China, HK stocks rise on stimulus hopes; COVID worries cap gains
SHANGHAI — China and Hong Kong stocks rose on Friday, lifted by stimulus hopes from Beijing, but mainland markets were set to snap a five-week rising streak amid COVID-19 flare-ups and geopolitical tensions.
** China’s blue-chip CSI300 Index rose 0.2% by the lunch break, while the Shanghai Composite Index also edged up 0.2%. Both the indexes are poised to post their first weekly loss in six as the rebound appears to be losing steam.
** In Hong Kong, the benchmark Hang Seng Index rose 0.1%. For the month, the index is set to fall roughly 0.9%.
** Sentiment was aided by a Bloomberg report that China’s Ministry of Finance was considering allowing local governments to sell 1.5 trillion yuan ($220 billion) of special bonds in the second half of this year to boost infrastructure funding.
** “This move, if confirmed, is positive,” Nomura Chief China Economist Ting Lu wrote in a note.
** “However, we point out that it could just be another policy step to fill the vast funding gap as a consequence of sharply falling fiscal revenue and land sales.”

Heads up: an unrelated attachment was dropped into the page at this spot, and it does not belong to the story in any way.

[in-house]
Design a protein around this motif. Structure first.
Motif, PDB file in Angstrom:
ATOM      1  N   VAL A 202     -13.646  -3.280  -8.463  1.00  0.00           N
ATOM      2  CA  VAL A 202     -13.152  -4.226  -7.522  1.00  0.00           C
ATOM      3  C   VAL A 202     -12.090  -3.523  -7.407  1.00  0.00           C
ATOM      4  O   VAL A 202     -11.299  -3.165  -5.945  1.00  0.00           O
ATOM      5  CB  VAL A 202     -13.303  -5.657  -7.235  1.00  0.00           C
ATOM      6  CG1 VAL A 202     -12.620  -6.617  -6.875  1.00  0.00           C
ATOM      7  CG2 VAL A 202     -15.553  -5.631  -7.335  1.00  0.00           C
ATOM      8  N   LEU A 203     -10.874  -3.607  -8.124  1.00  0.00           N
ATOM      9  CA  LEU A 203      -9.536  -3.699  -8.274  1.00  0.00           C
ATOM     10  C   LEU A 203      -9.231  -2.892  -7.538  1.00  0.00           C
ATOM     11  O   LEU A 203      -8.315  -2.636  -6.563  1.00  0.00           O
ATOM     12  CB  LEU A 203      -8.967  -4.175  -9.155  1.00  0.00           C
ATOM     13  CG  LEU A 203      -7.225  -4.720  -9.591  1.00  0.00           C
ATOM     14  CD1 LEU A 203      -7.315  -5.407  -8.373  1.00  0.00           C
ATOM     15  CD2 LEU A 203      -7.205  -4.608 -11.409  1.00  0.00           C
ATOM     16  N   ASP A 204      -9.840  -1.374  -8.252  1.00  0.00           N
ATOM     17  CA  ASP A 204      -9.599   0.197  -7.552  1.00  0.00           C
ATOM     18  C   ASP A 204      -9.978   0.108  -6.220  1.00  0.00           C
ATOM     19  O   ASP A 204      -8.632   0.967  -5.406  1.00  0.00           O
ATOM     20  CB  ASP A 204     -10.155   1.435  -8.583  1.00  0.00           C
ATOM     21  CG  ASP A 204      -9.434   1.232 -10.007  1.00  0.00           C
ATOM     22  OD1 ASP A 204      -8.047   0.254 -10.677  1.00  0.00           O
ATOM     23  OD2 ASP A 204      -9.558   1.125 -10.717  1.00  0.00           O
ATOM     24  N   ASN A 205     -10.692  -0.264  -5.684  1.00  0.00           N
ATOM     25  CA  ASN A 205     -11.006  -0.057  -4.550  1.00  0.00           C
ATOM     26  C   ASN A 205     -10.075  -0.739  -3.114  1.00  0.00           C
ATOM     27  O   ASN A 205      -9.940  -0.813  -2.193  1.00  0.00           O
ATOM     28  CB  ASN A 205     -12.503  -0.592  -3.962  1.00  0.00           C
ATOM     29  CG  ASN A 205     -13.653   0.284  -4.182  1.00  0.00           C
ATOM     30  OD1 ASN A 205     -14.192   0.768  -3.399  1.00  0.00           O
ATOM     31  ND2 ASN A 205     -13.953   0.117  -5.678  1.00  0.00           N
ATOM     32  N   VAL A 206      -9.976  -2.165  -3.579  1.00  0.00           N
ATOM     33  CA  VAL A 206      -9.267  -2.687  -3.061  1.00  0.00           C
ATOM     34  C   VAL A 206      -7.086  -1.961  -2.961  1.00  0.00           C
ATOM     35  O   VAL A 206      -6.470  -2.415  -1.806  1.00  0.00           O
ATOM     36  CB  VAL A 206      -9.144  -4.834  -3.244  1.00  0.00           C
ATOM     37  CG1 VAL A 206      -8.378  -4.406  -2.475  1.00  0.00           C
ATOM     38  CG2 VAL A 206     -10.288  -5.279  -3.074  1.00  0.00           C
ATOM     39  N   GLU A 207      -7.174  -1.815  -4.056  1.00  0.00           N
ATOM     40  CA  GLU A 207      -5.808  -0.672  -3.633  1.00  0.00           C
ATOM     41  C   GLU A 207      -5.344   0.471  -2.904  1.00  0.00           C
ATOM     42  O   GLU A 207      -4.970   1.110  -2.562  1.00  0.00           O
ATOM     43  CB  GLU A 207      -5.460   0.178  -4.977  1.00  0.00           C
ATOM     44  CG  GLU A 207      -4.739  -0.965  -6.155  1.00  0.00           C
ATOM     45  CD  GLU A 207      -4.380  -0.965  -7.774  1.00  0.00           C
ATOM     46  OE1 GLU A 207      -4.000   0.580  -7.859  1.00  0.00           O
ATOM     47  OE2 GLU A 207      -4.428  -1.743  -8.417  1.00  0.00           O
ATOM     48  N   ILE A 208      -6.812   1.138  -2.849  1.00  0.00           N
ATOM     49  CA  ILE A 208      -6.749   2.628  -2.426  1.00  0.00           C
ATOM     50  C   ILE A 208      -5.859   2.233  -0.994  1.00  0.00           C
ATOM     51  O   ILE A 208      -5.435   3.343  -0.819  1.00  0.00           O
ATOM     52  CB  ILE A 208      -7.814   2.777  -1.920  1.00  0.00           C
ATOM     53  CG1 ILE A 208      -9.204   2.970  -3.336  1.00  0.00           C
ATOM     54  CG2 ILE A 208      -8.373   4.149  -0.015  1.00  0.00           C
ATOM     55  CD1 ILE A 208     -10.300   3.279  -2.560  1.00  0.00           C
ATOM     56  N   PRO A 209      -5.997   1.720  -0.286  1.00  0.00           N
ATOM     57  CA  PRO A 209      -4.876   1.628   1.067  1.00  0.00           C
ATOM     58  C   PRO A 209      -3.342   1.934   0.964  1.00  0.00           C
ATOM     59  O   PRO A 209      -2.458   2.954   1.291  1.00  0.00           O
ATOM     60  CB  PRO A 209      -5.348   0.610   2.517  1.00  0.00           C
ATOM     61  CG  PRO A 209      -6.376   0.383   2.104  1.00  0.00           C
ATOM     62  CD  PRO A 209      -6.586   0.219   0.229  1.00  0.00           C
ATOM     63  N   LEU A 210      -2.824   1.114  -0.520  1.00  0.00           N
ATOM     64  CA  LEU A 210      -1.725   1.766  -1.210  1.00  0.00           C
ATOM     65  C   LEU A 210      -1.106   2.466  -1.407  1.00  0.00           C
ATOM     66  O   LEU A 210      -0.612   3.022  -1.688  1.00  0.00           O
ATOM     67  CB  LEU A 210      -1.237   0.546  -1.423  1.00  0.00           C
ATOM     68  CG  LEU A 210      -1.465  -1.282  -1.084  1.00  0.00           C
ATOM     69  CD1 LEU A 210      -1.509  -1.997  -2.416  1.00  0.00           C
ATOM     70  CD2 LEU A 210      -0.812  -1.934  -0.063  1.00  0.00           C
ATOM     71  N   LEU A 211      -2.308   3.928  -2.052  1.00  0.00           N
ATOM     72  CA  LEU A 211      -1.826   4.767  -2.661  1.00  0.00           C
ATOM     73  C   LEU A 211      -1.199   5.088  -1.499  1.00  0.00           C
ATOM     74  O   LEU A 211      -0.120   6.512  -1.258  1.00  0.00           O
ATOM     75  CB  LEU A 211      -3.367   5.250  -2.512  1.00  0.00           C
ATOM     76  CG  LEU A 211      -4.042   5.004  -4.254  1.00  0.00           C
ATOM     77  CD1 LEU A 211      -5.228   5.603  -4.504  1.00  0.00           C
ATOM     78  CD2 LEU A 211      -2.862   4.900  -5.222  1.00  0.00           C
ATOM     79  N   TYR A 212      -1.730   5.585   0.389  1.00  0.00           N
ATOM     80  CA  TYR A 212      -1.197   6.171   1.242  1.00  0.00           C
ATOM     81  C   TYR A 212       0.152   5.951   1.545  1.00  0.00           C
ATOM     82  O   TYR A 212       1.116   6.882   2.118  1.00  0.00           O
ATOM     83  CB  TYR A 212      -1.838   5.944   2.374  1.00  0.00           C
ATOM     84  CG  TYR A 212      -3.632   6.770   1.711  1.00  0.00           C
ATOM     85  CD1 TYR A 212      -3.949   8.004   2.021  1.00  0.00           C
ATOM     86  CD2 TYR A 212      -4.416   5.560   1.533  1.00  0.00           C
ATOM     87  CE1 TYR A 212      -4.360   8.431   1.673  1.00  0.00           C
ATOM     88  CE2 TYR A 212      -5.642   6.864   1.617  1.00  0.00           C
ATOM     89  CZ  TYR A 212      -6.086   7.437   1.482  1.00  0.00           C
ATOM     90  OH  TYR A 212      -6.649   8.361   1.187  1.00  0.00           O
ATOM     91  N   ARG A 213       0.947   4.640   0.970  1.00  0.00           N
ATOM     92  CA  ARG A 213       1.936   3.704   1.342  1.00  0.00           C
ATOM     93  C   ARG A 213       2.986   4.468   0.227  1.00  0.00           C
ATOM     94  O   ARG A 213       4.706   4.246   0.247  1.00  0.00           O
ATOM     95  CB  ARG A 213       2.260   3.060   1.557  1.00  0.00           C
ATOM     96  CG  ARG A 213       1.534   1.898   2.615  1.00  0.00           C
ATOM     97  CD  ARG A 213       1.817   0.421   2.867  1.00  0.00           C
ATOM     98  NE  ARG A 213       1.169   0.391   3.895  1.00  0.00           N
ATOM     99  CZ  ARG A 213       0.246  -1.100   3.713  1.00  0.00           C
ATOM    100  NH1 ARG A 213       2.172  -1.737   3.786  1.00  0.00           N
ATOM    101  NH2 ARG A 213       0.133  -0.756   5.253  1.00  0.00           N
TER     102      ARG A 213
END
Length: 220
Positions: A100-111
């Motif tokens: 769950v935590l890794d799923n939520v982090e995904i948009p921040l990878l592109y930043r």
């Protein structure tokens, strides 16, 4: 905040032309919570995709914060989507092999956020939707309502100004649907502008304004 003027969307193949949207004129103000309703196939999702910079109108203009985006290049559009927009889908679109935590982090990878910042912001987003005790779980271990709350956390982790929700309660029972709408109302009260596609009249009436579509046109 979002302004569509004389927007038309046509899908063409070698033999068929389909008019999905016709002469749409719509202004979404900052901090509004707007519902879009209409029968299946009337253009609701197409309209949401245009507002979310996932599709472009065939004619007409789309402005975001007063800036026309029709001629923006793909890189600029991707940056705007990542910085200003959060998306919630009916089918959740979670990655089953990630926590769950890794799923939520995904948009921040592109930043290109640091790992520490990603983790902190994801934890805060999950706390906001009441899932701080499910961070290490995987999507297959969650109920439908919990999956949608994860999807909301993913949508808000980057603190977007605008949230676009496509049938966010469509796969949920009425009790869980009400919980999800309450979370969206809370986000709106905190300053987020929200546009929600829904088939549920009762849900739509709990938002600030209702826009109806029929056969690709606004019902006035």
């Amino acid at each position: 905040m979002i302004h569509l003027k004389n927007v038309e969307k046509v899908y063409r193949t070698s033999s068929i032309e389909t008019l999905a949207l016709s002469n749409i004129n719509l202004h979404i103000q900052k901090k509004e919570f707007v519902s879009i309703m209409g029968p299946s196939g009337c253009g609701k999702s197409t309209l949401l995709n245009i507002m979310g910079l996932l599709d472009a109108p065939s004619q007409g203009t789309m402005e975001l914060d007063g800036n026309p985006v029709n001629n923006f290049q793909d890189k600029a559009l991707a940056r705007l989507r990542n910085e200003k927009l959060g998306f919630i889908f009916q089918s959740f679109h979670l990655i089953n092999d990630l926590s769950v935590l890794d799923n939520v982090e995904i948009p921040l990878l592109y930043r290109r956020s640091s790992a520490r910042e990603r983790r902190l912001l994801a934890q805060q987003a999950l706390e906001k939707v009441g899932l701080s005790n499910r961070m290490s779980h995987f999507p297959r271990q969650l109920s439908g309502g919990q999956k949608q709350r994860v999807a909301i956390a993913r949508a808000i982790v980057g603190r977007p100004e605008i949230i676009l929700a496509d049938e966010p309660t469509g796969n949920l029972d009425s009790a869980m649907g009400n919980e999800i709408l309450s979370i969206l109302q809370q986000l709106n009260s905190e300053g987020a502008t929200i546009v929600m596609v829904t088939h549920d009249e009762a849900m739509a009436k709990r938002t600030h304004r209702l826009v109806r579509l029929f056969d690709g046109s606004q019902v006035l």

** Morgan Stanley said in a note that sentiment in China shares dropped notably in the past week.
** “Investors remain alert to domestic COVID-19 flare-ups, as the economy is still at an early stage of a bumpy recovery trajectory.”
** Also limiting gains were signs of lingering Sino-U.S. tensions. A senior Chinese military officer warned his U.S. counterpart on Thursday that any “arbitrary provocations” would be met with a “firm counterstrike” by China.
** China’s transport, infrastructure and property shares rose, but steel and energy stocks fell.
** Shares of companies producing materials used in protection vests, including Jihua Group, Wanwei Hi-tech and Yantai Tayho Advanced Materials Co shot up on news that Japan ex-prime minister Shinzo Abe had been taken to a hospital after apparent shooting. (Reporting by Shanghai Newsroom; editing by Uttaresh.V)